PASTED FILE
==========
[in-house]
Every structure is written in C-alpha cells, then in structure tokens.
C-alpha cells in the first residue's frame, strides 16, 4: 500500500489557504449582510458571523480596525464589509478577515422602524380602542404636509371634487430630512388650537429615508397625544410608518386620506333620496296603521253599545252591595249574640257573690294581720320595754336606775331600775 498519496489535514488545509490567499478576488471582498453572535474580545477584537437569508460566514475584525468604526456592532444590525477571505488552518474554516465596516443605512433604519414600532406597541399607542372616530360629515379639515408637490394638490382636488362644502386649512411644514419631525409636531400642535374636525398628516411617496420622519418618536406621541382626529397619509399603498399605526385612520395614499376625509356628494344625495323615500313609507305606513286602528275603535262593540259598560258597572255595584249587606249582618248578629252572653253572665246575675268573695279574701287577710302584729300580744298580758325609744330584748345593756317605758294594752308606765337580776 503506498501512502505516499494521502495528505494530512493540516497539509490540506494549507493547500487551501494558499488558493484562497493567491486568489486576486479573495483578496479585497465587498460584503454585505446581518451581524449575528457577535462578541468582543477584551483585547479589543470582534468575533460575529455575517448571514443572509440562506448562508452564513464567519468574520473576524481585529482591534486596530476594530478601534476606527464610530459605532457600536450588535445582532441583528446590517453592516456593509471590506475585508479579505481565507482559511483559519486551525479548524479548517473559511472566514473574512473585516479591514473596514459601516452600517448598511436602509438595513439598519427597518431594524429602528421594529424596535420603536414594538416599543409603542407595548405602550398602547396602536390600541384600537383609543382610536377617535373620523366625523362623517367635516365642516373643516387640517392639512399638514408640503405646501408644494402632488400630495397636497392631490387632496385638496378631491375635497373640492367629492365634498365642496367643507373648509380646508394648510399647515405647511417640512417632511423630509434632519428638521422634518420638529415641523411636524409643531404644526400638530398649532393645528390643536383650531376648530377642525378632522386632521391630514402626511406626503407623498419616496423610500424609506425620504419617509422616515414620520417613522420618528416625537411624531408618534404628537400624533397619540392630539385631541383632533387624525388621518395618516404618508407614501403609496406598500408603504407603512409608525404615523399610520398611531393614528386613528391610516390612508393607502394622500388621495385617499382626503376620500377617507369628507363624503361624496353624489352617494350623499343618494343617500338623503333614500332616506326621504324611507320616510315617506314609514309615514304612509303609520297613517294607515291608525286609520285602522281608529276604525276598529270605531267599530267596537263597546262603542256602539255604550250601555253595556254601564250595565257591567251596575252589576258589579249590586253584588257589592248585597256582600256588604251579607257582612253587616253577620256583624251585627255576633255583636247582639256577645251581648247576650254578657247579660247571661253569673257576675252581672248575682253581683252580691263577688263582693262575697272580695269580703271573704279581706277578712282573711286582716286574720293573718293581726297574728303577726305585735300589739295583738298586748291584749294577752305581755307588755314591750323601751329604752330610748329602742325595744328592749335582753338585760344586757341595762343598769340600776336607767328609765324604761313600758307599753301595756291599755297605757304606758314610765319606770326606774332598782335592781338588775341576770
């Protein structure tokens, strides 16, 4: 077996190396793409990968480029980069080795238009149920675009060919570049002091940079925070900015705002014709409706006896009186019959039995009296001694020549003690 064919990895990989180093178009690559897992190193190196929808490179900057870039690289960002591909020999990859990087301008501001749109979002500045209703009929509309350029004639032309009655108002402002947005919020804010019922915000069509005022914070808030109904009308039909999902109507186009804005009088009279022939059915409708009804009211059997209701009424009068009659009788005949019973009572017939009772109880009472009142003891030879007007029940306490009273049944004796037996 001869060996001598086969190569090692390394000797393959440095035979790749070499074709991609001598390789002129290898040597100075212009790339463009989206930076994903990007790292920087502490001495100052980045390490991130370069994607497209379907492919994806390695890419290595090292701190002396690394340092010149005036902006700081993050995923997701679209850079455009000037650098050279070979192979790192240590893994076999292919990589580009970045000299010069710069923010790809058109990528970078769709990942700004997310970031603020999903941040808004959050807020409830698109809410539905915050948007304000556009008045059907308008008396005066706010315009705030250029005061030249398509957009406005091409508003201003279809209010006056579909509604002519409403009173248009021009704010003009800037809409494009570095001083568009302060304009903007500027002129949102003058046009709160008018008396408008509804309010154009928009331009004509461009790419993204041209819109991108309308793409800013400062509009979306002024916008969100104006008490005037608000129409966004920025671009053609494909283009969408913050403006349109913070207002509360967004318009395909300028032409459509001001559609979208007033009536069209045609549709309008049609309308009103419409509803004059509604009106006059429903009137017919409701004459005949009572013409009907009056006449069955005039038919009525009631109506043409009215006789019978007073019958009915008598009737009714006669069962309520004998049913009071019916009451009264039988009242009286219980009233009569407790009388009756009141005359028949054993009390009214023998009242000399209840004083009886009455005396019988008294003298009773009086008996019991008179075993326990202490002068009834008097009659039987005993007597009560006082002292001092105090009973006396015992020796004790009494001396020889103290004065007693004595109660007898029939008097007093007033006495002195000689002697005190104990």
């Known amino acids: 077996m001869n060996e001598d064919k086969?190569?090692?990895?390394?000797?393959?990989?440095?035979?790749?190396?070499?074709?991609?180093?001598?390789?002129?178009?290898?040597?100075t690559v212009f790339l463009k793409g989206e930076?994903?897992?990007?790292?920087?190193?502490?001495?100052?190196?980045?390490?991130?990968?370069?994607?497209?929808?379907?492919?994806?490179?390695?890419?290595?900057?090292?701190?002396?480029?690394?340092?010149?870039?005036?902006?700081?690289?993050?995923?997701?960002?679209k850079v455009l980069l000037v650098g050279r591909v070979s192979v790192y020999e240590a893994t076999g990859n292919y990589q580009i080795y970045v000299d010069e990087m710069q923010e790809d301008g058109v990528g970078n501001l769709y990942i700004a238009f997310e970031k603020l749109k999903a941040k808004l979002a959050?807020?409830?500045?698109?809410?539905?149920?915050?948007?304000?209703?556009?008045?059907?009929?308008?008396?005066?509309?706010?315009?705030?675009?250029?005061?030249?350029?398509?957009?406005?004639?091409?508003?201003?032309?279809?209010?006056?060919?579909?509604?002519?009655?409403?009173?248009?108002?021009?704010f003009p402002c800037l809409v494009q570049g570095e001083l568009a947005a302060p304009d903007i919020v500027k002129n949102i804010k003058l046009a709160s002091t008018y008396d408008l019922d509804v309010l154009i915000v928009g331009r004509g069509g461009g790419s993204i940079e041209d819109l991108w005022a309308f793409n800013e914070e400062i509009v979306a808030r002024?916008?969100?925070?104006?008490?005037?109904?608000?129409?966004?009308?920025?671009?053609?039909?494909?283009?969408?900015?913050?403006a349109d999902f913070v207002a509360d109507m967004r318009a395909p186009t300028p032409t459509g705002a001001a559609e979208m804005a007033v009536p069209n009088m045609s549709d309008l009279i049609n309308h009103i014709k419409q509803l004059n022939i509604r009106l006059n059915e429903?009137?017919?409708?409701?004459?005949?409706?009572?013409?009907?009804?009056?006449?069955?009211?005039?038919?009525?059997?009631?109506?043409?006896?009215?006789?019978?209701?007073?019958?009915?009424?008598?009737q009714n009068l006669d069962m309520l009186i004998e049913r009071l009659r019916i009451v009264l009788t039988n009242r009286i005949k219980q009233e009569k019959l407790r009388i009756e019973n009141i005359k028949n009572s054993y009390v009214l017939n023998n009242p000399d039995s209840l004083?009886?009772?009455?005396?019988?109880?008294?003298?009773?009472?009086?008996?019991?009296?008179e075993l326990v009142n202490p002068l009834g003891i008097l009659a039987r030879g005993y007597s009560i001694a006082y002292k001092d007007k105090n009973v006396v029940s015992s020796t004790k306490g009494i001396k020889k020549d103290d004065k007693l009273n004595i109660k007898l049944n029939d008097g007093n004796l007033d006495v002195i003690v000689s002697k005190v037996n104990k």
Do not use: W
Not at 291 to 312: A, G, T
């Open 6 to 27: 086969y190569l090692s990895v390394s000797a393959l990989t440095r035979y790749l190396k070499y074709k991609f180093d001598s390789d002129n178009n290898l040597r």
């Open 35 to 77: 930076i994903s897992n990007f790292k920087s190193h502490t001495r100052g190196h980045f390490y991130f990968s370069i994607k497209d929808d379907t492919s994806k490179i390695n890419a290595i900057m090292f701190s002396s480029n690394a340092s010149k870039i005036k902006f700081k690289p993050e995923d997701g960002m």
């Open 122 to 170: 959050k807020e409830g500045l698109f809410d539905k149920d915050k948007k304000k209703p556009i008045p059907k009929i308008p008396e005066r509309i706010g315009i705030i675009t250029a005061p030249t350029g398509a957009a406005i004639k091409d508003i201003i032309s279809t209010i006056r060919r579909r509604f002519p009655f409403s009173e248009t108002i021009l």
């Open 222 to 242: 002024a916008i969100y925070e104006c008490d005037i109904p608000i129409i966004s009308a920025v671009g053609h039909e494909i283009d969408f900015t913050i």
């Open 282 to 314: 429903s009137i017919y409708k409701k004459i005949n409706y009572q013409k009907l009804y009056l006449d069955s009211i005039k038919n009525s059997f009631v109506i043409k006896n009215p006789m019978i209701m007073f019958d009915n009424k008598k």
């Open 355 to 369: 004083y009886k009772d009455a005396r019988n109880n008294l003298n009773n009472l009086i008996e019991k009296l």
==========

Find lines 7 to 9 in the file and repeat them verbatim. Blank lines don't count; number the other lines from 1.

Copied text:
Not at 291 to 312: A, G, T
């Open 6 to 27: 086969y190569l090692s990895v390394s000797a393959l990989t440095r035979y790749l190396k070499y074709k991609f180093d001598s390789d002129n178009n290898l040597r």
């Open 35 to 77: 930076i994903s897992n990007f790292k920087s190193h502490t001495r100052g190196h980045f390490y991130f990968s370069i994607k497209d929808d379907t492919s994806k490179i390695n890419a290595i900057m090292f701190s002396s480029n690394a340092s010149k870039i005036k902006f700081k690289p993050e995923d997701g960002m």